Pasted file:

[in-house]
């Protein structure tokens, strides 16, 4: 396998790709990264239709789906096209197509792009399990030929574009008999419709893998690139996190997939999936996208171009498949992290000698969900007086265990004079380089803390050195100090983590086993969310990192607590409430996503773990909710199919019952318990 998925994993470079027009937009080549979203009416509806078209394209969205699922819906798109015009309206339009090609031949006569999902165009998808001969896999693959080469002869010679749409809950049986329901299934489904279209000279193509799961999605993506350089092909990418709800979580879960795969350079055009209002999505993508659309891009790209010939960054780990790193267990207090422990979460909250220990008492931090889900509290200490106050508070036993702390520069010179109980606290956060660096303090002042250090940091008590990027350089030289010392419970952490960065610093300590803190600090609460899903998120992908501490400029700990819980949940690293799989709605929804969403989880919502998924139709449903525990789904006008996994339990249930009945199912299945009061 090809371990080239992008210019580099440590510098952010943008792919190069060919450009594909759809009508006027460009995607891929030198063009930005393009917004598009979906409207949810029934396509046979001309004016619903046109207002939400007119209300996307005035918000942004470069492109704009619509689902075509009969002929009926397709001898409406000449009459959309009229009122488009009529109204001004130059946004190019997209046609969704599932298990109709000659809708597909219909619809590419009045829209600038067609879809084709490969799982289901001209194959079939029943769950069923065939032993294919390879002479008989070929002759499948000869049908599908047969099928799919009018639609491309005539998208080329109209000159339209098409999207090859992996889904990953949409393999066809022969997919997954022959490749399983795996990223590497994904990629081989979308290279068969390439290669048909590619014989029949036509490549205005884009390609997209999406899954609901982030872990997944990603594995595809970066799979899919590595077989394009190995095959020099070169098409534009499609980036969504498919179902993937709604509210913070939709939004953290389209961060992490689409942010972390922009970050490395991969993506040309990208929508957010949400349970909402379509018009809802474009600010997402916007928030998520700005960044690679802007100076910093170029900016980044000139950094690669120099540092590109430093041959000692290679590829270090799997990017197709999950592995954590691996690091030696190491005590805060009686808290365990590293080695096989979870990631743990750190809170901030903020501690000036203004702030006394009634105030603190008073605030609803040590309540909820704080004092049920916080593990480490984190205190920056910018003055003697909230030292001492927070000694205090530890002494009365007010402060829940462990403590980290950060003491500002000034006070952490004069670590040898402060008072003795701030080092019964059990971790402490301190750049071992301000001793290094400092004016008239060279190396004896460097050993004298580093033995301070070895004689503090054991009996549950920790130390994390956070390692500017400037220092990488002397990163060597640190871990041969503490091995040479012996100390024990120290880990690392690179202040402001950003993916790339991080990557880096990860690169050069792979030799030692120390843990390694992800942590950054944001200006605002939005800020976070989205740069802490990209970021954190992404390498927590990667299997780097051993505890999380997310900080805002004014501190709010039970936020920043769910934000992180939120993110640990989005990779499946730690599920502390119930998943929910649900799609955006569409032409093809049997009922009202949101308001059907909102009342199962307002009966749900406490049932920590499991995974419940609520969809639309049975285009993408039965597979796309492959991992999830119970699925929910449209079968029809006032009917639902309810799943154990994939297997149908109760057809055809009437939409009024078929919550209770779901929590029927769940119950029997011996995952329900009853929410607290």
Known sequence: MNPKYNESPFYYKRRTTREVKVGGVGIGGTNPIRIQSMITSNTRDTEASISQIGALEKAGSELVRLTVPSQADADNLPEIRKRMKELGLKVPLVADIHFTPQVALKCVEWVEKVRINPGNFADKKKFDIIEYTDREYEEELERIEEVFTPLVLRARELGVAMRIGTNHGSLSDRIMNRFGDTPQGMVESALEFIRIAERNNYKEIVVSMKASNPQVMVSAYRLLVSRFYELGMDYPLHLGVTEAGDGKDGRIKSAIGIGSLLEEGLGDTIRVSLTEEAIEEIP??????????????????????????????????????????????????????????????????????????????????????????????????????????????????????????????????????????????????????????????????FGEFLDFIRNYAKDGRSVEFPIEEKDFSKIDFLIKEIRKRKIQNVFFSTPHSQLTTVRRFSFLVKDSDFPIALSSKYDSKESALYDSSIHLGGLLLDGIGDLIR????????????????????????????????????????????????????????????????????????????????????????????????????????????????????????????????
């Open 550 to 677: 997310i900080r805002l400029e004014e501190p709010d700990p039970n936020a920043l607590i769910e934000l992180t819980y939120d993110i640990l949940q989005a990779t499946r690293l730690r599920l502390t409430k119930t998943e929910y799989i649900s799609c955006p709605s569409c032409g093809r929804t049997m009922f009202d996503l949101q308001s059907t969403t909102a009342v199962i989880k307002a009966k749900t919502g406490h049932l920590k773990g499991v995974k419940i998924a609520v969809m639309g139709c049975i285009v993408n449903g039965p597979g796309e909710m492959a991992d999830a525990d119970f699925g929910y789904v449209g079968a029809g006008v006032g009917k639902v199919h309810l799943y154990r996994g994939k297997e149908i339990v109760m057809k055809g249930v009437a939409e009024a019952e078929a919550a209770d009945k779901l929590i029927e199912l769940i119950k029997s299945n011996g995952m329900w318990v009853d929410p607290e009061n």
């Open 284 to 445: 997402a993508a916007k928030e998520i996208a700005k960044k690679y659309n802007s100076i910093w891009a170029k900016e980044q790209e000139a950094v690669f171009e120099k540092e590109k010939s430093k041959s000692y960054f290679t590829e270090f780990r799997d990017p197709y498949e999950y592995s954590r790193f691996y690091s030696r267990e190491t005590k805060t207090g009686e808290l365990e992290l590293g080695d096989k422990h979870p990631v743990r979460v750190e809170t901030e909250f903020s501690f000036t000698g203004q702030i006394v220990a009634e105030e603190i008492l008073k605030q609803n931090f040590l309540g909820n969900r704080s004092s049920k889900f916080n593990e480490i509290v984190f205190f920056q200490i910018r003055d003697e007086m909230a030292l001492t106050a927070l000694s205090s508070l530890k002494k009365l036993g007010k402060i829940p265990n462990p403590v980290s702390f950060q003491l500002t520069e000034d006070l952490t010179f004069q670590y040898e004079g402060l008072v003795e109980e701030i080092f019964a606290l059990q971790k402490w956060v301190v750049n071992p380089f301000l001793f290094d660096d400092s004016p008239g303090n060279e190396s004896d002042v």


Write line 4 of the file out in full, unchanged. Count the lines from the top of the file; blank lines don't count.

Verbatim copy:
């Open 550 to 677: 997310i900080r805002l400029e004014e501190p709010d700990p039970n936020a920043l607590i769910e934000l992180t819980y939120d993110i640990l949940q989005a990779t499946r690293l730690r599920l502390t409430k119930t998943e929910y799989i649900s799609c955006p709605s569409c032409g093809r929804t049997m009922f009202d996503l949101q308001s059907t969403t909102a009342v199962i989880k307002a009966k749900t919502g406490h049932l920590k773990g499991v995974k419940i998924a609520v969809m639309g139709c049975i285009v993408n449903g039965p597979g796309e909710m492959a991992d999830a525990d119970f699925g929910y789904v449209g079968a029809g006008v006032g009917k639902v199919h309810l799943y154990r996994g994939k297997e149908i339990v109760m057809k055809g249930v009437a939409e009024a019952e078929a919550a209770d009945k779901l929590i029927e199912l769940i119950k029997s299945n011996g995952m329900w318990v009853d929410p607290e009061n």